The rules engine in IriusRisk is central in controlling:
- How threat models are generated, i.e. which threats and countermeasures are included in the model
- The initial state of Countermeasures in the model
- The value of custom fields set on the Product
- The workflow state transitions and corresponding actions
The underlying rules engine is JBoss Drools
The engine has a GUI that allows you to select Conditions and Actions to perform if the all of the conditions are met (Conditions have a logical AND applied). Behind the scenes, this rules generated by this GUI are converted into JBoss Drools syntax and can be viewed on the "Drools" tab, under the "user_defined" section.
Note that if you edit the generated Drool content then your changes will be overridden if the GUI rule is saved again. If you need to make persistent changes directly using Drools then use the Drools tab and the "New Rule" option to create a new .drl file that will persist and have no corresponding GUI rule.
Rules can be execute in 1 of 4 possible contexts:
- Component rules will execute whenever a new component is added to the diagram, or when an existing component's questionnaire is edited.
- Main rules will execute when a new Product is created, or it is saved and any Custom Fields have been modified.
- Data flow rules will execute if a new data flow is created or an existing one edited.
- Workflow rules execute when a workflow state change is triggered. Workflow rules are edited on the "Workflow Rules" tab.
Rules are executed in a "session", each rule is atomic and in general they aren't executed in any particular order. Rules' conditions depend on the state of objects, and the rule actions may insert other objects. The rules keep executing until there are no further changes in the state of the objects. In this article, and in Drools documentation phrases like "insert object into session" essentially means creating a data structure (object) with a set of values and inserting it into the rules session. Any rules that have conditions that depend on that data structure will automatically execute.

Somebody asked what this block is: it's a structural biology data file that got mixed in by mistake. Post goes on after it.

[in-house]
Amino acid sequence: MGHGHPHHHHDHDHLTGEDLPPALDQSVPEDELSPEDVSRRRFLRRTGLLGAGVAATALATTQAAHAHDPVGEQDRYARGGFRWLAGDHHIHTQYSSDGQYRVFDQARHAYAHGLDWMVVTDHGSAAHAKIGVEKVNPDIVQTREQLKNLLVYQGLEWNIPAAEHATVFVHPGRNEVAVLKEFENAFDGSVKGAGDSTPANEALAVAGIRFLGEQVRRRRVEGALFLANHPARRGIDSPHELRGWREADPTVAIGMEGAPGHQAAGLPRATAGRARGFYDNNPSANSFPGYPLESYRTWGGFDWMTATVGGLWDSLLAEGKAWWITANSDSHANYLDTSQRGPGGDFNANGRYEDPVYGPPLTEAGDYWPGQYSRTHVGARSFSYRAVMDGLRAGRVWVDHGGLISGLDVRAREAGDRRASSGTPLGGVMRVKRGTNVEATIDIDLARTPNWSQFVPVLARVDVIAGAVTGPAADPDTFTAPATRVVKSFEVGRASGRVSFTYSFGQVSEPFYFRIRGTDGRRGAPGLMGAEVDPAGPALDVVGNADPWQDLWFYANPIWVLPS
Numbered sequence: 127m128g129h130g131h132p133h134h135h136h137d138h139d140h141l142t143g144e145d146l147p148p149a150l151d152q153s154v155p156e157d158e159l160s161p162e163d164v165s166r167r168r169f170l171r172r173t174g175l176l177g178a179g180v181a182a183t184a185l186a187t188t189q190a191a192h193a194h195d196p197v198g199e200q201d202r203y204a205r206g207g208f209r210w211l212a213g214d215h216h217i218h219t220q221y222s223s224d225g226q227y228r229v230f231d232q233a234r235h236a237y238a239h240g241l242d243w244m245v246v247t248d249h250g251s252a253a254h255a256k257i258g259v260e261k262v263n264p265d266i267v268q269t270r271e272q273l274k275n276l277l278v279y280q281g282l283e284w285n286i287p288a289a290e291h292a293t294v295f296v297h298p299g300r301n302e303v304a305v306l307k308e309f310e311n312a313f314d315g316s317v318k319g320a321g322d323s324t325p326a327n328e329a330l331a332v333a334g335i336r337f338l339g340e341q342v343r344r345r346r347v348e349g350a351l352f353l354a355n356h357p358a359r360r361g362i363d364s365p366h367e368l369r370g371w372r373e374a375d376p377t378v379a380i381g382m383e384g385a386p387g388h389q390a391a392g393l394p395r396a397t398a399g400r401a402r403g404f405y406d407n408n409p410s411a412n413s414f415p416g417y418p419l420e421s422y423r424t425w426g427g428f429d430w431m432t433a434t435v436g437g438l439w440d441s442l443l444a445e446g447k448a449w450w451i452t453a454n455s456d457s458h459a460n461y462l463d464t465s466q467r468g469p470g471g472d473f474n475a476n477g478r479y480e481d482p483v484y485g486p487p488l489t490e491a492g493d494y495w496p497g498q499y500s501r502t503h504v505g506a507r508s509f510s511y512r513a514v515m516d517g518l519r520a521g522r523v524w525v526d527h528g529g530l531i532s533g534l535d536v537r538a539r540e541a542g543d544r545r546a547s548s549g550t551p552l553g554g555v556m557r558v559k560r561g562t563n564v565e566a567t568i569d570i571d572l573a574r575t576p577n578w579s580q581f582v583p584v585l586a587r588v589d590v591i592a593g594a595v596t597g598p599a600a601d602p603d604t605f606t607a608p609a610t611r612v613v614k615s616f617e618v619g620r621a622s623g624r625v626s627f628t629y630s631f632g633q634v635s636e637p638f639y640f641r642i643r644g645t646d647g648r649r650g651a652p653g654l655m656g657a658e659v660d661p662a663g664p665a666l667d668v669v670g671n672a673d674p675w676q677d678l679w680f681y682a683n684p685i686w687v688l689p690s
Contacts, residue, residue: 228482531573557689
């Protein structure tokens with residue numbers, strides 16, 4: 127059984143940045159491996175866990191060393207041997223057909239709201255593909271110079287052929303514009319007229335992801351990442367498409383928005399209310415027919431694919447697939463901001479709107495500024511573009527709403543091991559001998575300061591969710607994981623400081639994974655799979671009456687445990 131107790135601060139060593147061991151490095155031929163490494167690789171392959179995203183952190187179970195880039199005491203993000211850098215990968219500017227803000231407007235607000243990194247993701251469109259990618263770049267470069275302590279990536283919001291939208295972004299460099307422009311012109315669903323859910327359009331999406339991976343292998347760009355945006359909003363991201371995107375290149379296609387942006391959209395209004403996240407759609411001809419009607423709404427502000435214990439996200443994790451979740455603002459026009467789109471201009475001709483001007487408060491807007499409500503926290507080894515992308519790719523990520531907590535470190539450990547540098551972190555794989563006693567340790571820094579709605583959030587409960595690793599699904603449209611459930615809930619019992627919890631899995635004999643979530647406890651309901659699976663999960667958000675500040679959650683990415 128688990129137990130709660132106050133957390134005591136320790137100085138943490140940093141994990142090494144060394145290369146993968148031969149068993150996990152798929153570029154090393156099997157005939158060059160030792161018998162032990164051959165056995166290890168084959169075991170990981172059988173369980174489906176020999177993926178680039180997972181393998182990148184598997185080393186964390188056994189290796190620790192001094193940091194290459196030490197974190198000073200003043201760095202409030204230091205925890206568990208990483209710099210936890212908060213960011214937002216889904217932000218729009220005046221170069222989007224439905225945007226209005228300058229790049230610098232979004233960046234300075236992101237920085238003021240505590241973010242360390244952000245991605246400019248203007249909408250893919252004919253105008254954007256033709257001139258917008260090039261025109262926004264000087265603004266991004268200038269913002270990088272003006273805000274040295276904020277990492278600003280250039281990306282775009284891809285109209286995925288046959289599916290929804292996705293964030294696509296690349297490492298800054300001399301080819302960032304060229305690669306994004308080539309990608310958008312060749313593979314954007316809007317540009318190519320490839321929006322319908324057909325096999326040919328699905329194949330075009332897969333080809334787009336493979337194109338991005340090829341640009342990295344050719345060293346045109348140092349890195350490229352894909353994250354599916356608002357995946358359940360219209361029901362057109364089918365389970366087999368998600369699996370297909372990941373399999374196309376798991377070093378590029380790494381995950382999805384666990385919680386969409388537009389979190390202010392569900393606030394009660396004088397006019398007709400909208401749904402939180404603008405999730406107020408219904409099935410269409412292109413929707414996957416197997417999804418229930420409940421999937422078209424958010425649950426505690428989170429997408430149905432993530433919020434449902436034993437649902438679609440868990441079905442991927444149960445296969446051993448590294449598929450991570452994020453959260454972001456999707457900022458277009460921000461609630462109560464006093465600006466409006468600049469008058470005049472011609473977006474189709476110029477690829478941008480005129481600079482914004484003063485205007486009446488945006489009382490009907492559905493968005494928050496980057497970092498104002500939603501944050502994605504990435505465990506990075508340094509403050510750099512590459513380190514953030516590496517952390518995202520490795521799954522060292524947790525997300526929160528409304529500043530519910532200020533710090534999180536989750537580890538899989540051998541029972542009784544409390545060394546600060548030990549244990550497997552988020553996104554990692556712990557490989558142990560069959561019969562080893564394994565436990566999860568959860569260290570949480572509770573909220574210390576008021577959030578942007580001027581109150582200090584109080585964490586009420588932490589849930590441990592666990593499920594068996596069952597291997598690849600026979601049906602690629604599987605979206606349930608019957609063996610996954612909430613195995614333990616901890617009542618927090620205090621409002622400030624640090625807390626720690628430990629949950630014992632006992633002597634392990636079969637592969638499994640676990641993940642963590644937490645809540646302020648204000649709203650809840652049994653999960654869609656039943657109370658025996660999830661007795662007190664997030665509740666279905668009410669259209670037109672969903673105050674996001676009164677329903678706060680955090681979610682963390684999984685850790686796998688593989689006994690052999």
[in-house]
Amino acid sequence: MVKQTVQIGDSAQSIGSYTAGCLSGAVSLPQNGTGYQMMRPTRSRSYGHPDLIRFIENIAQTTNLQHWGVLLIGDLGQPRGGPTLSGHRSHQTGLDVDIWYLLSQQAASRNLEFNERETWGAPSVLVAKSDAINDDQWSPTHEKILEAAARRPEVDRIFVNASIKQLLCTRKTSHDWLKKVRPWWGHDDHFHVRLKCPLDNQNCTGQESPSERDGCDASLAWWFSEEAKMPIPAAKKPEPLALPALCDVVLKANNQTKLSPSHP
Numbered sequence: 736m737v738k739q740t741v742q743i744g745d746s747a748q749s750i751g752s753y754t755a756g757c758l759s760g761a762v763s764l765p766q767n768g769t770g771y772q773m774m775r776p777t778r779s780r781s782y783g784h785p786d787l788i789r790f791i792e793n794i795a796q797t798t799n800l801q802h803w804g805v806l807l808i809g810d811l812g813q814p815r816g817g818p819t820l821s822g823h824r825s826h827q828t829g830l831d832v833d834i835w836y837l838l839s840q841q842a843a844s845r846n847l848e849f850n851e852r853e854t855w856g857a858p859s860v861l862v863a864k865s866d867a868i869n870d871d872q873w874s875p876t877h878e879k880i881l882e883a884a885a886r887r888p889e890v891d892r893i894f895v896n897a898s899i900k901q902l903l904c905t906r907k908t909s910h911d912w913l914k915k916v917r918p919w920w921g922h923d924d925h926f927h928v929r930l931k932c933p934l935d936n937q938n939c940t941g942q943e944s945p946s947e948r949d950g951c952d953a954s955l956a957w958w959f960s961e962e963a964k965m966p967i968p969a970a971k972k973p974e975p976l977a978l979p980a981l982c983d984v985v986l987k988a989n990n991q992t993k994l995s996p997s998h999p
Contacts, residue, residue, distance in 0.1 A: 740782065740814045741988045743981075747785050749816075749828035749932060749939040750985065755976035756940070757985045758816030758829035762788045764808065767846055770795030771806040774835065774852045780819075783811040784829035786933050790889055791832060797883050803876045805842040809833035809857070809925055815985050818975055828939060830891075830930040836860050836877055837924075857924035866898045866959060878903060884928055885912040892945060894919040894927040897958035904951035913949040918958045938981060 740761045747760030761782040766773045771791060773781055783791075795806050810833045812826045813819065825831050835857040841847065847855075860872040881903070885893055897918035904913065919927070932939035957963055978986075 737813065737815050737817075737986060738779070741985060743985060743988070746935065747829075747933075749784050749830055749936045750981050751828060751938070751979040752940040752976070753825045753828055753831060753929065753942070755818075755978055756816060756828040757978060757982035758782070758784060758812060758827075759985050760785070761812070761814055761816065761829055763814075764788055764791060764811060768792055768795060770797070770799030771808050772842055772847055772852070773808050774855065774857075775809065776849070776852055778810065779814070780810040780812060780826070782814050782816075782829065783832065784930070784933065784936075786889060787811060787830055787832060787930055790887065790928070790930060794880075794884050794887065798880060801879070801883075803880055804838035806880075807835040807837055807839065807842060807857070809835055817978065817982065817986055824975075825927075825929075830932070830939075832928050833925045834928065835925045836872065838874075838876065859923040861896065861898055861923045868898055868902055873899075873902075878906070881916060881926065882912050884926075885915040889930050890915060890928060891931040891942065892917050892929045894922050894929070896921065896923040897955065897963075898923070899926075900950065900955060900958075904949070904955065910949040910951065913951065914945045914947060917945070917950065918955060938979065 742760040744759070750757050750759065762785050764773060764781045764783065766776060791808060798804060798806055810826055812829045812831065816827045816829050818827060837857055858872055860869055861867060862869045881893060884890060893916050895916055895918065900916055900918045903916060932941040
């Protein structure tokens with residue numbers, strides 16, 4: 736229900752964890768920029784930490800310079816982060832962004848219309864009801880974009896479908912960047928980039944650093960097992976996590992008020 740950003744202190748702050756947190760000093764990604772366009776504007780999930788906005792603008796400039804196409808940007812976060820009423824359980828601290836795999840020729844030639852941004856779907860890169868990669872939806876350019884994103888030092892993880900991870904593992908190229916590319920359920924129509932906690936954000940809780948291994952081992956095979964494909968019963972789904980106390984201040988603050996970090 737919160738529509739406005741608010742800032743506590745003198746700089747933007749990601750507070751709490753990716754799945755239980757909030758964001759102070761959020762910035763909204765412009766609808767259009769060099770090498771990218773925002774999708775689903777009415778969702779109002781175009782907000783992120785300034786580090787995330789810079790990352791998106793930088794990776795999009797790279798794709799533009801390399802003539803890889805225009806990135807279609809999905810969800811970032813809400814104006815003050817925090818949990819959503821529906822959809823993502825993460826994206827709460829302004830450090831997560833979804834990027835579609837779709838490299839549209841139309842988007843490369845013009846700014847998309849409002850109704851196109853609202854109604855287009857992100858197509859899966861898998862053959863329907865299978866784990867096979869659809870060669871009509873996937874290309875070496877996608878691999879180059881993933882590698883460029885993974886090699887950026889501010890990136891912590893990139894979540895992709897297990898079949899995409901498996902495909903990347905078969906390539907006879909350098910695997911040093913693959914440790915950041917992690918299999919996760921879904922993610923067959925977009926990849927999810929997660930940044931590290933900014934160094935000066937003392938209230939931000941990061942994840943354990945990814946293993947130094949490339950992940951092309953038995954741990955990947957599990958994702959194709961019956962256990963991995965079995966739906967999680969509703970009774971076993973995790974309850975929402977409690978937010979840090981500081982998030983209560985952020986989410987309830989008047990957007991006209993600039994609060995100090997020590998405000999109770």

In many rule contexts you can both set and read "Conclusion" objects. You can think of these as variables that can be used to make your rules more maintainable, as well as to notify the user while they are editing a Component. For example, imagine the situation where you have 20 rules that must all execute if the following 3 conditions are met:
- The component is in the Internet TrustZone
- and the Data Asset in use is Credit Card Data
- and No authentication option has been selected for the component
Normally, you'd have to create 20 rules and repeat those conditions 20 times in each rule. Instead of doing that, you could create a single rule that includes those 3 conditions, and as the action uses "Insert Conclusion", with the type "Hidden" (this means it won't appear in the Analysis panel on the questionnaire), choose any ID and any name that describes this condition, e.g. "Internet facing with CC data and noauth". This single rule, will ensure that the Conclusion objected is created and inserted into the rules session. Then you would create the 20 additional rules that would all use the condition: "Conclusion exists", "Internet facing with CC data and noauth".
|Question is answered||True if the user has selected the question in one of the component questionnaires.|
|Component Definition||Allows you to select from a list of all possible Component Definitions and returns true if the component being evaluated has the definition selected.|
|Conclusion Exists||The selected Conclusion exists in the rules session. In other words, some other rule has inserted the given Conclusion into the session.|
|Conclusion Not exists||The stated Conclusion does not exist in the session.|